Percussionist/composer Dan Weiss‘s new album, Fourteen, is out now on Pi Recordings. (Pre-order it from Amazon.) It’s a single, 37-minute, through-composed work featuring 14 musicians: in addition to Weiss on drums and vocal recitation, Jacob Sacks plays piano; Matt Mitchell plays glockenspiel, piano, and organ; Thomas Morgan plays upright bass; Miles Okazaki plays electric and classical guitar; David Binney plays alto saxophone; Ohad Talmor plays tenor saxophone; Jacob Garchik plays trombone and tuba; Ben Gerstein plays trombone; Lana Cencic, Judith Berkson and Maria Neckam provide vocals; Katie Andrews plays harp; and Stephen Cellucci plays percussion. The second track features a section of polyrhythmic clapping from Weiss, Mitchell, Okazaki, Binney and Cellucci.

Fourteen begins with solo piano, setting out a meditatively paced melody. Mitchell is soon joined by Morgan’s bass, Weiss’s drums, and wordless female vocals, singing a countermelody. At the two and a half minute mark, the saxophones come in, providing a third melody that winds between the other two, and before long, the harp and classical guitar are present, too. They all come together like they’re walking down a road and gradually turning into a parade. The horns create sinuous, at times almost klezmer jazz-like lines, as Weiss’s drums maintain a marching rhythm. In the final two minutes of the piece, Okazaki’s guitar begins to scream in a Sonny Sharrock-ian manner, still nestled within the mix but demanding to be heard, until at last it’s drowned out by blasts of organ, which lead directly into the second section.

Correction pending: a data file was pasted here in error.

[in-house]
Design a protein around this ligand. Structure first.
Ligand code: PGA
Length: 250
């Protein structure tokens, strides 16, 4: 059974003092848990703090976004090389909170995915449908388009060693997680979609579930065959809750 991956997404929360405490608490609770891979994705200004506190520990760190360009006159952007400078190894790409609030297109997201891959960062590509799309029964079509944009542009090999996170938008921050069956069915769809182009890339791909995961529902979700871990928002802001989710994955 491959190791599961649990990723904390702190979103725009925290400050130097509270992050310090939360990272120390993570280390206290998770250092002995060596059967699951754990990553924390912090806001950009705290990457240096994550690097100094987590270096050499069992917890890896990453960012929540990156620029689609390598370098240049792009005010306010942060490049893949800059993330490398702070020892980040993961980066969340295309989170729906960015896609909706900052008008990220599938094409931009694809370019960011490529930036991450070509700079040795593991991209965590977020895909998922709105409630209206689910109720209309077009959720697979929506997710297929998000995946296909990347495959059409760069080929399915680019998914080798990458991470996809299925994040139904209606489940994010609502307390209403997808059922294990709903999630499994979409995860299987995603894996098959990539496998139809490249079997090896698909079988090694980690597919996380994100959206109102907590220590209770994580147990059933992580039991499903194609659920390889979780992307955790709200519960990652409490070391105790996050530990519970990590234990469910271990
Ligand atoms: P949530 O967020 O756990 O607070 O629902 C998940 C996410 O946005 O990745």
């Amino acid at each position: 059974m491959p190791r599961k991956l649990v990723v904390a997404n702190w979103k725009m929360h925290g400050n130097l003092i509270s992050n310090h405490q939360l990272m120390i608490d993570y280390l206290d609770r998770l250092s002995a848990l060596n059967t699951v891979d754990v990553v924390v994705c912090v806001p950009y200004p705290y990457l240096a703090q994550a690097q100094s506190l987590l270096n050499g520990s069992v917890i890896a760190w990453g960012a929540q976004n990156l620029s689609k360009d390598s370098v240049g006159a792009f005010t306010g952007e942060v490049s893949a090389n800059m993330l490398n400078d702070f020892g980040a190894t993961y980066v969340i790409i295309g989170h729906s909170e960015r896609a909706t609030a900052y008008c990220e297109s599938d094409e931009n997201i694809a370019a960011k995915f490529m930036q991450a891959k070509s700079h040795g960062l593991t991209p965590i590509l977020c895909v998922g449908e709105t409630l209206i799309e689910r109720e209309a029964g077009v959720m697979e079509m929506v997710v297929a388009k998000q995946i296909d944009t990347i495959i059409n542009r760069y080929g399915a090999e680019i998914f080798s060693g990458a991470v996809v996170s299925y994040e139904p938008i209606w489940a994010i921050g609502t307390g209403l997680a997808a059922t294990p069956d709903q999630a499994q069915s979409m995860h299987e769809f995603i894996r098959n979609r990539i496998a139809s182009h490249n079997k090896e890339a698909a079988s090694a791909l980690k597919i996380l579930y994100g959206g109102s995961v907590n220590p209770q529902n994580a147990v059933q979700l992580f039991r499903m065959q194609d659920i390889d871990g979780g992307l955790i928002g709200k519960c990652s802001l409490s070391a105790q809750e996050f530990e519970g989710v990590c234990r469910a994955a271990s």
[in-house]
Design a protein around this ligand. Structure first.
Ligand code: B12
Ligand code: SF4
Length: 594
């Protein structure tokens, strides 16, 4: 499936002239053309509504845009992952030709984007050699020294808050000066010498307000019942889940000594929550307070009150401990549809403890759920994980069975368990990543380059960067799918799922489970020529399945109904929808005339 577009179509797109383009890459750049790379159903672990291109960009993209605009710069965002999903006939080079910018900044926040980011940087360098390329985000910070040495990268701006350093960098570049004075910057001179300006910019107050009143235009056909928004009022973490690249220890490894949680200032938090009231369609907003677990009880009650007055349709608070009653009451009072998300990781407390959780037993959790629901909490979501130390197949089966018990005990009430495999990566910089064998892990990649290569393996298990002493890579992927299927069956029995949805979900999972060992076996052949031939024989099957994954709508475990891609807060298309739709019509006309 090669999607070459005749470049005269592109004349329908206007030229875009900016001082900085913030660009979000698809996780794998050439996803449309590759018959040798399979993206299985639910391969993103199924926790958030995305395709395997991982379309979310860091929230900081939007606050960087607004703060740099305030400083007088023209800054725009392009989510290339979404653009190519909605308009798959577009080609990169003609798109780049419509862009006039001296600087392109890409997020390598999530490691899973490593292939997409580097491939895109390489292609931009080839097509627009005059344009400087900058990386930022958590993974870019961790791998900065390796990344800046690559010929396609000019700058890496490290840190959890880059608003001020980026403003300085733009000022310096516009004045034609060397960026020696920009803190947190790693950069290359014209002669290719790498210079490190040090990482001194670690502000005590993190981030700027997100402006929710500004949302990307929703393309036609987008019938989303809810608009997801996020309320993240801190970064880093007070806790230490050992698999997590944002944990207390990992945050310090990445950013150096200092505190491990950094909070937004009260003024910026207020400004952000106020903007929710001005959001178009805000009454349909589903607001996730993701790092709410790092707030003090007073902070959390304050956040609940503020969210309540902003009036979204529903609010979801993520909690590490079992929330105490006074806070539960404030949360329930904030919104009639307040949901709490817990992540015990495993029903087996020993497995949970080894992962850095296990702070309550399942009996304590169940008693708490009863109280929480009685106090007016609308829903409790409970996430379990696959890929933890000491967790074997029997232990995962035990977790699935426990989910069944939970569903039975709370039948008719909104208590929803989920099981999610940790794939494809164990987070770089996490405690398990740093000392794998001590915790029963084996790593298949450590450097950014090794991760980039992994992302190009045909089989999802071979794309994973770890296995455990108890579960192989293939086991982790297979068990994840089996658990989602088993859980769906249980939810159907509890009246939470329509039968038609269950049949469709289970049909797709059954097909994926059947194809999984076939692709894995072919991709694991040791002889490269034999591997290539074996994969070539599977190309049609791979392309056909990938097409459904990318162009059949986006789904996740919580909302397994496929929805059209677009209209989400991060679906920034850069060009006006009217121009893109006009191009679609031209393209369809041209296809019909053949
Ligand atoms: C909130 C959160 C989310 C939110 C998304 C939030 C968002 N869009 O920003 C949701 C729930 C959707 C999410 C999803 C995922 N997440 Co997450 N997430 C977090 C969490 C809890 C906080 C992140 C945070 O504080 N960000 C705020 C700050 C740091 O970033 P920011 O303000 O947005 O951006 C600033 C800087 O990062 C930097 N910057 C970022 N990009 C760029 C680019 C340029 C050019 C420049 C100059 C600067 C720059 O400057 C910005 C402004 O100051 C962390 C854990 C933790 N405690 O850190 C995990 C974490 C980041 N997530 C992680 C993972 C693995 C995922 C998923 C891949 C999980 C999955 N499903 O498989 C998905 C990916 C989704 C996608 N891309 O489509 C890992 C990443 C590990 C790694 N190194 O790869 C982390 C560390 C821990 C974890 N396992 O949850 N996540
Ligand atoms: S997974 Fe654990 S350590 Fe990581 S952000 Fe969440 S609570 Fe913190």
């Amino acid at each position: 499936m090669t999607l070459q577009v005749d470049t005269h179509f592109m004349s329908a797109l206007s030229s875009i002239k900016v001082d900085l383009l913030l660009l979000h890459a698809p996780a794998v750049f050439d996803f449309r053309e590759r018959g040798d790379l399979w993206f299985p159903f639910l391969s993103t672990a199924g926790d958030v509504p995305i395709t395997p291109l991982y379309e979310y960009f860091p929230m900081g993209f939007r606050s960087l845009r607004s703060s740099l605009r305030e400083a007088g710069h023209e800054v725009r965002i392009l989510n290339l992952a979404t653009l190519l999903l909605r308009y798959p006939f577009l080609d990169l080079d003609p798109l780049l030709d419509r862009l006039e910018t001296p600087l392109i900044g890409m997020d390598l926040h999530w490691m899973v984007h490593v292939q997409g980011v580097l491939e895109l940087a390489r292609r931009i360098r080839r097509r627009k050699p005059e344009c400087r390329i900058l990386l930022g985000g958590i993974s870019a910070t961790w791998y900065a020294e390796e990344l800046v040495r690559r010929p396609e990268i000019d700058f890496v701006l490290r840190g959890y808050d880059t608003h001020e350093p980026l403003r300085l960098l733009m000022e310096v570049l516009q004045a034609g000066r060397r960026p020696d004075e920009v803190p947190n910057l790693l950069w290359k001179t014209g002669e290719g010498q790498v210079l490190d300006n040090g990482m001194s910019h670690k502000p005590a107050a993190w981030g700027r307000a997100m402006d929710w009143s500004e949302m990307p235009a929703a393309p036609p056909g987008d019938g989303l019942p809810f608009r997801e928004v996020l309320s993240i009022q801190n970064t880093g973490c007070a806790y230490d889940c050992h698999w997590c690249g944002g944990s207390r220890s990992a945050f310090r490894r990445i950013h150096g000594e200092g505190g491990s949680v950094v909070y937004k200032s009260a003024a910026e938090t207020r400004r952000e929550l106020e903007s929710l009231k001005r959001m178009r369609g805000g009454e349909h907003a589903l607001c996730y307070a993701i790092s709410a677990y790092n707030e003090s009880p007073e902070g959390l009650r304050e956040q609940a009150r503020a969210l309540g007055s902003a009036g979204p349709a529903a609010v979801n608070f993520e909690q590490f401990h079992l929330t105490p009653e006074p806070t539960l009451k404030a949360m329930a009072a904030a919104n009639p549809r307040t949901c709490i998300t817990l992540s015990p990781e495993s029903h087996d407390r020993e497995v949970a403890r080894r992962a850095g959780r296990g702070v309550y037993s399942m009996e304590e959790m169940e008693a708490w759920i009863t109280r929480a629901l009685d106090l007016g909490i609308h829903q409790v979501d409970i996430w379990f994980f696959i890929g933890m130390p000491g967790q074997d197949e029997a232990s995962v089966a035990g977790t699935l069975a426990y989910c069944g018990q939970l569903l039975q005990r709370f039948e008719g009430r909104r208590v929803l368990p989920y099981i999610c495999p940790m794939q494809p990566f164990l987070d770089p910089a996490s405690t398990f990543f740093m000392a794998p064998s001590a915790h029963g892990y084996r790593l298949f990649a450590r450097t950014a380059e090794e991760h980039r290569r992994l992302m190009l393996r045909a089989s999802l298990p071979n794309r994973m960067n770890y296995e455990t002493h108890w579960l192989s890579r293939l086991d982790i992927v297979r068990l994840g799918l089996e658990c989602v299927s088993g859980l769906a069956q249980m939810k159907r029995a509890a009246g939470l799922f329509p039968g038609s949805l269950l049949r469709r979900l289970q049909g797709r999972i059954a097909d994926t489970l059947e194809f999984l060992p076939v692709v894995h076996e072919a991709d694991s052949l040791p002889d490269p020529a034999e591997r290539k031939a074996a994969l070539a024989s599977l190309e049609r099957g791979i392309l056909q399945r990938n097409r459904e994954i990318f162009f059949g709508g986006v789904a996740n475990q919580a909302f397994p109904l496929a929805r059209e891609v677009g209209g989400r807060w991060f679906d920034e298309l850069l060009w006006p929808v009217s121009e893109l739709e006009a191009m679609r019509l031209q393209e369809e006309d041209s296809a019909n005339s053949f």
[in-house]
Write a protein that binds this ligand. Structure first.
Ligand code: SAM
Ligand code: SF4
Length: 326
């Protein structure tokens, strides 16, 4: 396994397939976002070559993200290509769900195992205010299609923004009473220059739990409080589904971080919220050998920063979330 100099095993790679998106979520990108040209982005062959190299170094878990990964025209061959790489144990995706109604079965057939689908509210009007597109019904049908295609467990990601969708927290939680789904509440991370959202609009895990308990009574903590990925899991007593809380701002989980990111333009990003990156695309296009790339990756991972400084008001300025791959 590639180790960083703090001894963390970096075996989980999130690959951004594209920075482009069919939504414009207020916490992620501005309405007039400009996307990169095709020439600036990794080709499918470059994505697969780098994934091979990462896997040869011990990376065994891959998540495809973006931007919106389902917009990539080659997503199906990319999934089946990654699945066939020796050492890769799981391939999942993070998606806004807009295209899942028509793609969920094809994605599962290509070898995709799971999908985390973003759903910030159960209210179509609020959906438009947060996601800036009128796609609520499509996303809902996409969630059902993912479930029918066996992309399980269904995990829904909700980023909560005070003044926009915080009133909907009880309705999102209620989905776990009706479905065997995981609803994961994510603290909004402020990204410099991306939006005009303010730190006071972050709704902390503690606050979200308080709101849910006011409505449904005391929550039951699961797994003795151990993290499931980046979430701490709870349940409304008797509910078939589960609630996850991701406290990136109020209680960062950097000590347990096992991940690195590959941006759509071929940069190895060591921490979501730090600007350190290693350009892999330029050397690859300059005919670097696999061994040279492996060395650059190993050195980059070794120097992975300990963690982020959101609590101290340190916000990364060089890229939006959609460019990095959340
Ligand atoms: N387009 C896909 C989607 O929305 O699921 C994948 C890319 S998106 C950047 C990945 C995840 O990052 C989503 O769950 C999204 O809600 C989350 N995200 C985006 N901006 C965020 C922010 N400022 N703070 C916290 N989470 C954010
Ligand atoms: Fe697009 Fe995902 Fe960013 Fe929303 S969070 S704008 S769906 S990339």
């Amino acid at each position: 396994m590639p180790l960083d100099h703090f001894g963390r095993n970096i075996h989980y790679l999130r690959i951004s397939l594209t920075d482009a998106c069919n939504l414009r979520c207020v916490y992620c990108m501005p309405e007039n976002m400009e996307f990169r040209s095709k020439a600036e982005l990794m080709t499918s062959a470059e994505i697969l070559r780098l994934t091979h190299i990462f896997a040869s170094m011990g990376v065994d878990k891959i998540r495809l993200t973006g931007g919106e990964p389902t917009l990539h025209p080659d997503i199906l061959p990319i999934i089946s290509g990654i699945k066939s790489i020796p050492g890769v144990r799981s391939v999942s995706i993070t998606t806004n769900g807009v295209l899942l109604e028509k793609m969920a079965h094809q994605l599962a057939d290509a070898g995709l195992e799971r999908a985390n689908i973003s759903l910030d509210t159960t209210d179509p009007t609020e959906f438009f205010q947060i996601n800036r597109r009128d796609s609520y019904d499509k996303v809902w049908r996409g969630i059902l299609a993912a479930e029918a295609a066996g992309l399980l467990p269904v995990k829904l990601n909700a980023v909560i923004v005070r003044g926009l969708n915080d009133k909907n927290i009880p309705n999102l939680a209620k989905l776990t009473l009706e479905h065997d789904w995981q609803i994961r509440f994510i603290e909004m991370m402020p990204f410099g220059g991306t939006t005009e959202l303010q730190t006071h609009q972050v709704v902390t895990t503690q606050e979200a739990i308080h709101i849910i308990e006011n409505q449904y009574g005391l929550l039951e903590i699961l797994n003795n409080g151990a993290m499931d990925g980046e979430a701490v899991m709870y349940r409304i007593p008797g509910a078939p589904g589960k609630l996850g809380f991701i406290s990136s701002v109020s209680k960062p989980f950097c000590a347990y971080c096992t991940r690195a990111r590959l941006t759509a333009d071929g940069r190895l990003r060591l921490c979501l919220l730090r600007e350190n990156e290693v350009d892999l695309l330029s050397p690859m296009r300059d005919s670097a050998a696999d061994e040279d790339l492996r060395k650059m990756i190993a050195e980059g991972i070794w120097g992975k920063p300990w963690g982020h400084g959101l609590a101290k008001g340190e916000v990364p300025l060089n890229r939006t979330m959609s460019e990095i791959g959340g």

Stream “Part One”:

As Fourteen continues, it seems to become less and less classifiable with each passing moment. The vocal melodies frequently fall somewhere between the swoops of Sergio Mendes‘s Brasil 66 and the stark recitations of Philip Glass‘s Einstein On The Beach (Weiss himself erupts in near-glossolalia in the third movement); the saxophones embark on simultaneous solos recalling the interaction of John Coltrane and Pharoah Sanders circa 1966, but stop as cleanly as if the tape had been sliced; Weiss’s drumming swings at times, but locks into a hard rock groove at others; the organ can sound like it’s being played with someone’s elbow; but there are passages of astonishing, pastoral beauty, too, where harp and classical guitar come to the fore and it’s like sunlight pouring through a picture window. The pastoral burbling of voice, trombone and tuba in the fifth section is contrasted with the blaring power of the organ in the sixth, but even this gives way to the most conventionally jazz passage of the entire piece, with Sacks’ piano clambering around like a monkey on a cargo net as the horns play long tones behind him. With all these seemingly contradictory impulses at work, Fourteen should dissolve into chaos, or facile collage, but it never does. It’s multifaceted and stream-of-consciousness in a thoroughly human, and completely comprehensible, way; it’s the sound of Dan Weiss‘s heart and mind, as translated by his hand-picked crew of musicians. It’s one of the most unique and compelling albums of the year.